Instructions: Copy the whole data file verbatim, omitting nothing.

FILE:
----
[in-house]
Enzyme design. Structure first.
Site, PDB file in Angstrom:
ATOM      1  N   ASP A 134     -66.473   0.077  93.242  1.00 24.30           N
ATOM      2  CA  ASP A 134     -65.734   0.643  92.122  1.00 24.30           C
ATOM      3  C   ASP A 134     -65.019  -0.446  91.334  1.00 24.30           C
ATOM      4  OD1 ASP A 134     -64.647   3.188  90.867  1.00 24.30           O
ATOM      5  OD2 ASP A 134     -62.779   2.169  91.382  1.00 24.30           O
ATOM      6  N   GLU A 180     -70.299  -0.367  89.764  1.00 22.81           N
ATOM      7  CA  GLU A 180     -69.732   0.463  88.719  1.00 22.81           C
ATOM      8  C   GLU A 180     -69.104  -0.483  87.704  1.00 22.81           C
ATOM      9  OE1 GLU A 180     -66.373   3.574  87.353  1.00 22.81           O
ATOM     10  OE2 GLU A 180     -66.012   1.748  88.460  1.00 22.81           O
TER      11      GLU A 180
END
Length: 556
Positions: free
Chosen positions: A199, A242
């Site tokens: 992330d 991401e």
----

[in-house]
Enzyme design. Structure first.
Site, PDB file in Angstrom:
ATOM      1  N   ASP A 134     -66.473   0.077  93.242  1.00 24.30           N
ATOM      2  CA  ASP A 134     -65.734   0.643  92.122  1.00 24.30           C
ATOM      3  C   ASP A 134     -65.019  -0.446  91.334  1.00 24.30           C
ATOM      4  OD1 ASP A 134     -64.647   3.188  90.867  1.00 24.30           O
ATOM      5  OD2 ASP A 134     -62.779   2.169  91.382  1.00 24.30           O
ATOM      6  N   GLU A 180     -70.299  -0.367  89.764  1.00 22.81           N
ATOM      7  CA  GLU A 180     -69.732   0.463  88.719  1.00 22.81           C
ATOM      8  C   GLU A 180     -69.104  -0.483  87.704  1.00 22.81           C
ATOM      9  OE1 GLU A 180     -66.373   3.574  87.353  1.00 22.81           O
ATOM     10  OE2 GLU A 180     -66.012   1.748  88.460  1.00 22.81           O
TER      11      GLU A 180
END
Length: 556
Positions: free
Chosen positions: A199, A242
């Site tokens: 992330d 991401e």